Last week I wrote about Joseph Snyder and my search for his father. This week I’m turning my attention to his father-in-law, Peter Deischer of Hereford Township, Berks County, Pennsylvania.
For the longest time my Snyder family research has been stuck at my 3x great grandfather Joseph Snyder. According to his gravestone, he was born 2 January 1826 and died 4 November 1895 at the age of 68 years, 10 months and 2 days.1 I’ve found him in census records from 1850 through 1880, the […]
My 3x great-grandfather Levi Hocker was born on 17 January 1824, most likely in Swatara Township, Dauphin County, Pennsylvania. His life came to a sad and mysterious end on 31 October 1876.
My 3x great grandmother Susan L. (Mulhollan) Force was the daughter of John and Emily (Boileau) Mulholland. She was allegedly the granddaughter of Rudolph and Mary (Weirham) Mulhollan, who left Pennsylvania in 1832 and settled in Ohio. This post shows what I found when I went looking for them.
It occurred to me recently that I’m the first Hocker in my direct line (me > father > grandfather > g. grandfather > etc.) who wasn’t born in Pennsylvania since my immigrant ancestor Johan Adam Hacker arrived in the colony in 1749. Since both my parents were born in Pennsylvania to Pennsylvanians, it’s true for […]
Amongst my grandfather Greulich’s things, I found the following newspaper clipping I believe it’s from the the Town and Country. It reads: Another Four-Generation Group Of This Section Witmer-Kline-Snyder-Greulich Freundschaft The above illustration represents another four-generation group of a widely-known family — the Witmer-Kline-Snyder-Greulich freundschaft, of which the oldest, Edward J. Witmer, has died since […]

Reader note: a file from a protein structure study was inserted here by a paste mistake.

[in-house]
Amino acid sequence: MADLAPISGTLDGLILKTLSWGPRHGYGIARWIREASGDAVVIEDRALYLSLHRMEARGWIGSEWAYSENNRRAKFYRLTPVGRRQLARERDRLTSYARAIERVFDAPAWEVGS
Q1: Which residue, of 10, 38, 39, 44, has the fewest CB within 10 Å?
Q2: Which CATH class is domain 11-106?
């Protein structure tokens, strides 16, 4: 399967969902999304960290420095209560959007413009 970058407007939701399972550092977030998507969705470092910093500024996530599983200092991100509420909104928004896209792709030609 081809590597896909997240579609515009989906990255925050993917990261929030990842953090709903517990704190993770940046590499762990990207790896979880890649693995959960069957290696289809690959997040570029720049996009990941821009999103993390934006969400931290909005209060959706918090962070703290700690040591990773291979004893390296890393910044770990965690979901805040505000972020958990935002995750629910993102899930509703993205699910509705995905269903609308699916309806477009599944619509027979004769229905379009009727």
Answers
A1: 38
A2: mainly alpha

I’ve heard family stories about an ancestor who fought on both sides during the Civil War, but I didn’t really believe it. Two brothers fighting on opposite sides? Yeah, okay. But one man fighting for both sides over the course of the war? Seemed a little far-fetched. And yet, I think that’s exactly what my great great grandfather James Benjamin Houdeshell did.
For some reason, I’ve been thinking about my great grandmother Nora (Houdeshell) Hoover a lot recently. I never had a chance to meet her, but from the few stories I’ve heard, I think I would have loved her. So, I thought I’d start my 52 Ancestors series writing about her.
I wrote previously about finding information that Adam P. Hocker, son of George and Margaret (Prevost) Hocker of Buckingham County, Virginia, had served in the Company E of the 20th Virginia Infantry (Lee’s Guards) during the Civil War and died at the Battle of Rich Mountain. However, information I’ve recently located calls that into doubt. […]
I’ve been focusing recently on some of my female ancestors for whom I have little or no information. With surnames like Leedy, Frantz, Landis and Hershey, these are well-established—and I would have thought—well-documented families. When it comes to my ancestors, not so much.